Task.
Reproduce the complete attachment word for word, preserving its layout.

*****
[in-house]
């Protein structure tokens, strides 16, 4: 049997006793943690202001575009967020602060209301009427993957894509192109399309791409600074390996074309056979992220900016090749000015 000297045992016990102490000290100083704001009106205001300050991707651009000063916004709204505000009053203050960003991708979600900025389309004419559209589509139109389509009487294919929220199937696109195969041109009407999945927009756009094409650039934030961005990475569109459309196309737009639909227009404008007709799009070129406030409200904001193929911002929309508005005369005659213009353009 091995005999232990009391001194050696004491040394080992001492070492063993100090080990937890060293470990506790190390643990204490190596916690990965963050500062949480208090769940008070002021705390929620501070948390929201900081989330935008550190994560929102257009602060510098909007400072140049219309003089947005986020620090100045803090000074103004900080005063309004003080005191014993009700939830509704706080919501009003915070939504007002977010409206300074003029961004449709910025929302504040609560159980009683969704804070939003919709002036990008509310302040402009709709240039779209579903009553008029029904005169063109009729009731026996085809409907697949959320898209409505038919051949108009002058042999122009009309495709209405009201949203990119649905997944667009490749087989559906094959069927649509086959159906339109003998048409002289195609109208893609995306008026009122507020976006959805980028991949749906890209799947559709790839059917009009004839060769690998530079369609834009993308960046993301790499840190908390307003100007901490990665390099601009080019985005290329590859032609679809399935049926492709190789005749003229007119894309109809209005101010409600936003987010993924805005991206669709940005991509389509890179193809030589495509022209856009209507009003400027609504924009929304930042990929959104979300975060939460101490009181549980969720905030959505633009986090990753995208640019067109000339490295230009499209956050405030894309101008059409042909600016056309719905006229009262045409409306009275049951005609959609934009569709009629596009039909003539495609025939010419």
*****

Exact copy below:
[in-house]
């Protein structure tokens, strides 16, 4: 049997006793943690202001575009967020602060209301009427993957894509192109399309791409600074390996074309056979992220900016090749000015 000297045992016990102490000290100083704001009106205001300050991707651009000063916004709204505000009053203050960003991708979600900025389309004419559209589509139109389509009487294919929220199937696109195969041109009407999945927009756009094409650039934030961005990475569109459309196309737009639909227009404008007709799009070129406030409200904001193929911002929309508005005369005659213009353009 091995005999232990009391001194050696004491040394080992001492070492063993100090080990937890060293470990506790190390643990204490190596916690990965963050500062949480208090769940008070002021705390929620501070948390929201900081989330935008550190994560929102257009602060510098909007400072140049219309003089947005986020620090100045803090000074103004900080005063309004003080005191014993009700939830509704706080919501009003915070939504007002977010409206300074003029961004449709910025929302504040609560159980009683969704804070939003919709002036990008509310302040402009709709240039779209579903009553008029029904005169063109009729009731026996085809409907697949959320898209409505038919051949108009002058042999122009009309495709209405009201949203990119649905997944667009490749087989559906094959069927649509086959159906339109003998048409002289195609109208893609995306008026009122507020976006959805980028991949749906890209799947559709790839059917009009004839060769690998530079369609834009993308960046993301790499840190908390307003100007901490990665390099601009080019985005290329590859032609679809399935049926492709190789005749003229007119894309109809209005101010409600936003987010993924805005991206669709940005991509389509890179193809030589495509022209856009209507009003400027609504924009929304930042990929959104979300975060939460101490009181549980969720905030959505633009986090990753995208640019067109000339490295230009499209956050405030894309101008059409042909600016056309719905006229009262045409409306009275049951005609959609934009569709009629596009039909003539495609025939010419």